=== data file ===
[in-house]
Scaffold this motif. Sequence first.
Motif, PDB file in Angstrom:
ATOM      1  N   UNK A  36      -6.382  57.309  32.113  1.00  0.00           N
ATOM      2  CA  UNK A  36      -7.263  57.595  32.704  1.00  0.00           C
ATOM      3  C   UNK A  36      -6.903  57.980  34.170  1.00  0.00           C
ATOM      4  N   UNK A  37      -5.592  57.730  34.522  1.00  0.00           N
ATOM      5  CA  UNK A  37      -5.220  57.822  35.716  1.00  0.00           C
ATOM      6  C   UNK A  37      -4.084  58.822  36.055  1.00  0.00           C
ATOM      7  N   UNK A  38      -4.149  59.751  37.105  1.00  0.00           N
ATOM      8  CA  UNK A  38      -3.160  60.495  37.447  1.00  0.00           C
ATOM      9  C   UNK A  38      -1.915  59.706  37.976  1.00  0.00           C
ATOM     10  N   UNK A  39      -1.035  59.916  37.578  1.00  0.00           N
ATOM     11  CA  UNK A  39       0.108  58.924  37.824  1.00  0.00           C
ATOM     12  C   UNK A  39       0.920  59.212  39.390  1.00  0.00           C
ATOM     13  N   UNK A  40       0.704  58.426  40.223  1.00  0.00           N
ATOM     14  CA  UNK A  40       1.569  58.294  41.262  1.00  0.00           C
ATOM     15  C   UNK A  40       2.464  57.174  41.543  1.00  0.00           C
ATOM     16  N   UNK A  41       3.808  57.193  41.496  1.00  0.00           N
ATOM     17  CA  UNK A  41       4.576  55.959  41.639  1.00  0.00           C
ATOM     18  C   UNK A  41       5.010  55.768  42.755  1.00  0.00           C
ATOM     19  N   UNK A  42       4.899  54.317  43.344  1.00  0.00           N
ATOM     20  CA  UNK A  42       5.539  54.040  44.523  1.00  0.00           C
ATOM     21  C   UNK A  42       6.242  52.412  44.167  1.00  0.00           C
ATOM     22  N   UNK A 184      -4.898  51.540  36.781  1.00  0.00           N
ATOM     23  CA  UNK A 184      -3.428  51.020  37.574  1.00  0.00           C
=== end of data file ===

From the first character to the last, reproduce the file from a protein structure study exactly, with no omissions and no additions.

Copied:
[in-house]
Scaffold this motif. Sequence first.
Motif, PDB file in Angstrom:
ATOM      1  N   UNK A  36      -6.382  57.309  32.113  1.00  0.00           N
ATOM      2  CA  UNK A  36      -7.263  57.595  32.704  1.00  0.00           C
ATOM      3  C   UNK A  36      -6.903  57.980  34.170  1.00  0.00           C
ATOM      4  N   UNK A  37      -5.592  57.730  34.522  1.00  0.00           N
ATOM      5  CA  UNK A  37      -5.220  57.822  35.716  1.00  0.00           C
ATOM      6  C   UNK A  37      -4.084  58.822  36.055  1.00  0.00           C
ATOM      7  N   UNK A  38      -4.149  59.751  37.105  1.00  0.00           N
ATOM      8  CA  UNK A  38      -3.160  60.495  37.447  1.00  0.00           C
ATOM      9  C   UNK A  38      -1.915  59.706  37.976  1.00  0.00           C
ATOM     10  N   UNK A  39      -1.035  59.916  37.578  1.00  0.00           N
ATOM     11  CA  UNK A  39       0.108  58.924  37.824  1.00  0.00           C
ATOM     12  C   UNK A  39       0.920  59.212  39.390  1.00  0.00           C
ATOM     13  N   UNK A  40       0.704  58.426  40.223  1.00  0.00           N
ATOM     14  CA  UNK A  40       1.569  58.294  41.262  1.00  0.00           C
ATOM     15  C   UNK A  40       2.464  57.174  41.543  1.00  0.00           C
ATOM     16  N   UNK A  41       3.808  57.193  41.496  1.00  0.00           N
ATOM     17  CA  UNK A  41       4.576  55.959  41.639  1.00  0.00           C
ATOM     18  C   UNK A  41       5.010  55.768  42.755  1.00  0.00           C
ATOM     19  N   UNK A  42       4.899  54.317  43.344  1.00  0.00           N
ATOM     20  CA  UNK A  42       5.539  54.040  44.523  1.00  0.00           C
ATOM     21  C   UNK A  42       6.242  52.412  44.167  1.00  0.00           C
ATOM     22  N   UNK A 184      -4.898  51.540  36.781  1.00  0.00           N
ATOM     23  CA  UNK A 184      -3.428  51.020  37.574  1.00  0.00           C